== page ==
, Drew - The Ohio State University
Arnold
, Julia - The Ohio State University
Buffington
, Abigail - The Ohio State
Weiland
, Andrew - The Ohio State University

Phytoliths, amorphous opal silica bodies that form in plant tissues, are assumed to be stable components of a soil matrix, impacted little by normal physical forces. However, there is a small chance of phytoliths moving in a laboratory setting, especially after they have been isolated from other materials such as clay, organics and carbonates and when multiple samples are being processed. We designed a study to test the potential of cross-contamination in phytolith research. We examined the variable of distance as it relates to contamination on slides in different locations of the phytolith laboratory. The results of our study inform on how we can improve on phytolith processing protocols to reduce the potential effect of cross-contamination between samples.

1:00pm
Author(s):
O'Sullivan
, Megan - Southern Utah University
Olson
, Liz - Southern Utah University
Gines
, Madeline - Southern Utah University
Lamers
, Hannelore - Southern Utah University
Ludlow
, Sara - Southern Utah University
Karpinski
, Christina - Southern Utah University
Rose
, Grace - Southern Utah University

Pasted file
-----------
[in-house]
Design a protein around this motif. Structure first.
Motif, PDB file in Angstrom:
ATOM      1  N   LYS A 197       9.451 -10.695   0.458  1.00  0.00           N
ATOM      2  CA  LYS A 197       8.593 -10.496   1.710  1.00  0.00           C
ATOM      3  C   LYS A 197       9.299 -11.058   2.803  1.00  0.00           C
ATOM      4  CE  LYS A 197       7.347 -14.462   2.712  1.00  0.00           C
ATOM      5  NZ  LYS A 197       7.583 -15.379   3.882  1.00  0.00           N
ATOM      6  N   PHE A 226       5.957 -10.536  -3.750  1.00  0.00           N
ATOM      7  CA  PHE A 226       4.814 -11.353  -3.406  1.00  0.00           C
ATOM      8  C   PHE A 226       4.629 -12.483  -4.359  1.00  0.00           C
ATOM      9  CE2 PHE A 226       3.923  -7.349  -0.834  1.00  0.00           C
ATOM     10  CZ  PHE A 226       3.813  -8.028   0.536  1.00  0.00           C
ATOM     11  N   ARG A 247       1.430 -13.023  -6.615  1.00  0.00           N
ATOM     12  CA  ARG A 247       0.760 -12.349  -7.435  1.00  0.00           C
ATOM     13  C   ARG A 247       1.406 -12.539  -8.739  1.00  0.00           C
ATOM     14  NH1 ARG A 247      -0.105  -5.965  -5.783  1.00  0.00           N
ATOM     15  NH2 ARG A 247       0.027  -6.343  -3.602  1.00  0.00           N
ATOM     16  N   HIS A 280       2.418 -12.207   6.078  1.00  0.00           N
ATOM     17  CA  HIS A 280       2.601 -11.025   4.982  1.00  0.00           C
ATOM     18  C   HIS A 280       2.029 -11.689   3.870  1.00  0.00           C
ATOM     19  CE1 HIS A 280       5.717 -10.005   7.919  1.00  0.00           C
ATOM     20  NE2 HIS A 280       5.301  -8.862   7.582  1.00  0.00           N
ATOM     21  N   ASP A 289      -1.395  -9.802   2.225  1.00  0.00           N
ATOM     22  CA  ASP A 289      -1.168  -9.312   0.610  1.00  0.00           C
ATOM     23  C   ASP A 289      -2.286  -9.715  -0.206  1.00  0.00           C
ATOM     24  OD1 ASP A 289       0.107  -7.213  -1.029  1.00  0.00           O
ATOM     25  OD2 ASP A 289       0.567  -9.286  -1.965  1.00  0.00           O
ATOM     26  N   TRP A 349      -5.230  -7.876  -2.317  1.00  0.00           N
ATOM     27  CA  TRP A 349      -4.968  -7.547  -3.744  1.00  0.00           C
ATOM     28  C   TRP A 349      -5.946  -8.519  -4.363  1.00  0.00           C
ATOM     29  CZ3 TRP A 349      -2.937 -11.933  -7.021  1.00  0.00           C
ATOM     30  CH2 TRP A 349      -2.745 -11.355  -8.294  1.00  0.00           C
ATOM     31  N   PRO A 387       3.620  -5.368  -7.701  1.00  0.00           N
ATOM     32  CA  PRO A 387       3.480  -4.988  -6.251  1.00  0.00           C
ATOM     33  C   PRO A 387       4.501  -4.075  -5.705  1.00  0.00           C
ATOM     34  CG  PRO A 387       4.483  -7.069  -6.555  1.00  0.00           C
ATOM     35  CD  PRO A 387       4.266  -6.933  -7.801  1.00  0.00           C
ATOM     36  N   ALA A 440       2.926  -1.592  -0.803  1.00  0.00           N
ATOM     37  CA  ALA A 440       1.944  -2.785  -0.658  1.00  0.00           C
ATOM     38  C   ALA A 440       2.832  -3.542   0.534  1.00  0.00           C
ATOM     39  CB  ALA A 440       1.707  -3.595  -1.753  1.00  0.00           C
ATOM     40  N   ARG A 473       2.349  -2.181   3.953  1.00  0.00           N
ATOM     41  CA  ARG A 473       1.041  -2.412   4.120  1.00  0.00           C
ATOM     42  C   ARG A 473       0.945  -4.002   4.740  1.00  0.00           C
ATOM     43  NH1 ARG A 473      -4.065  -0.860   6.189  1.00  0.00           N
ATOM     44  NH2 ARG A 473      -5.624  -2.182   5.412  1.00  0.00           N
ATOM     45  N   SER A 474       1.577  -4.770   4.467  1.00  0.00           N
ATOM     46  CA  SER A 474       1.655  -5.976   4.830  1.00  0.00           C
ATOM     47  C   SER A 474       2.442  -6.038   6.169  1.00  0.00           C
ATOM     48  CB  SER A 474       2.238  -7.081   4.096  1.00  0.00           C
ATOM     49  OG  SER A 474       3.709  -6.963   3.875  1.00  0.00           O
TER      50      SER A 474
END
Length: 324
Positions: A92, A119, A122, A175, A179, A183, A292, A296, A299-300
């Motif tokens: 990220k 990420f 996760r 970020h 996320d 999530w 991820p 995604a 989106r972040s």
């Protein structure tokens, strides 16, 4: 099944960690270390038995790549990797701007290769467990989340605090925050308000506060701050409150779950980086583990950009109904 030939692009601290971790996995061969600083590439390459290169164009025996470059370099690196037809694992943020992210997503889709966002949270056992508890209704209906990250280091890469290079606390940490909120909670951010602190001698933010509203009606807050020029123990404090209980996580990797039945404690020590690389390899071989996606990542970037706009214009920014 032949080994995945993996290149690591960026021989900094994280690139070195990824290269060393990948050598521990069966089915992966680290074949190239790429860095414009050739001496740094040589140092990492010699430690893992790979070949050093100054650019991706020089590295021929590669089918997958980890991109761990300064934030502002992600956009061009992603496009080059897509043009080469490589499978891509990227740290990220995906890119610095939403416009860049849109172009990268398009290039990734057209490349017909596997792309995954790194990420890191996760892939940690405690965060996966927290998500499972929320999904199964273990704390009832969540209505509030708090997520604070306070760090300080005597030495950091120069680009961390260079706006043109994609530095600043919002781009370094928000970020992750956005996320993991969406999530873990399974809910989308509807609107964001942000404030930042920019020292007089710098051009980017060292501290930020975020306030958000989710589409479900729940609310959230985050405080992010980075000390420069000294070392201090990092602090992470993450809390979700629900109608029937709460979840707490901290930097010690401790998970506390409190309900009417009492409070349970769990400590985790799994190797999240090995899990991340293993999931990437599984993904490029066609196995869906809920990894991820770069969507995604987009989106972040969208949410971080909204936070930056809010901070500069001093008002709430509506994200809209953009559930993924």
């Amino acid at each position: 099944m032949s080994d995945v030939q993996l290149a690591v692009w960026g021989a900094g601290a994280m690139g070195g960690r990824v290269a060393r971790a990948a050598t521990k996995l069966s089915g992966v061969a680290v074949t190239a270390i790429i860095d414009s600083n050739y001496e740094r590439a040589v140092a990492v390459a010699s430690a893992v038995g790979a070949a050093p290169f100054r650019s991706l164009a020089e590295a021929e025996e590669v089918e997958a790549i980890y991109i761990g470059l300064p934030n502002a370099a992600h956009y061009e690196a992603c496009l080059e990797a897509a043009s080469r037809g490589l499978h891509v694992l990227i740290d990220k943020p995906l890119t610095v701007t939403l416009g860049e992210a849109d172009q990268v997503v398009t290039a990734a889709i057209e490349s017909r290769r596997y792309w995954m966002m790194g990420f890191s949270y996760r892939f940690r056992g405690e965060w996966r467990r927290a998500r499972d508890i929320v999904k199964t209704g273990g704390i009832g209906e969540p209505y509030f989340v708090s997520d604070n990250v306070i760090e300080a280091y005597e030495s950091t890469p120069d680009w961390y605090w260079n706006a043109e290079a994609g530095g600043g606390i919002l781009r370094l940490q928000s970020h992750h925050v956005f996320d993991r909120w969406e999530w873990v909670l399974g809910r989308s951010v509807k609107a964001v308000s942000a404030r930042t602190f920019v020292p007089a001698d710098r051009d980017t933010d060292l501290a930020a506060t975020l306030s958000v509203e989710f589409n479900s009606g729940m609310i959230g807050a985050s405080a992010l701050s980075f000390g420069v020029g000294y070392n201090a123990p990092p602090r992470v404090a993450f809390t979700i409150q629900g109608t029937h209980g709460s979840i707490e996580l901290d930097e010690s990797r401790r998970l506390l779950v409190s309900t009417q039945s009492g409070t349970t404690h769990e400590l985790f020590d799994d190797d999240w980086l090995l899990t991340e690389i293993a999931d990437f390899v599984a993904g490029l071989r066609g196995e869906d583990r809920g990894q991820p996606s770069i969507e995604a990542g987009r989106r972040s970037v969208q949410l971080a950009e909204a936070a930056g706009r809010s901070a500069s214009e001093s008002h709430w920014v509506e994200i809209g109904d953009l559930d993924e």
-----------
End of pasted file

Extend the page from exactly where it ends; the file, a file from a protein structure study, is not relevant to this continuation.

Hunger in the United States is an issue that is increasing despite the abundance of the world we live in. We are concerned that poor nutrition and food habits can have on physical and cognitive development and future food habits. We wanted to understand how these habits might be impacting our local community and attempt to identify resources that might be able to fill the knowledge and practices gap. We asked 137 local elementary school parents about their knowledge, attitudes, and behaviors related to food and nutrition. It is our belief that the results of this survey are critical for identifying issues where knowledge can be increased and practices can be improved. Our results provided a fundamental understanding of the community’s knowledge, attitudes, and practices of nutrition and allow for customized research-based solutions to local problems of hunger and nutrition. Possibly through farm to school lunch programs and teaching gardens.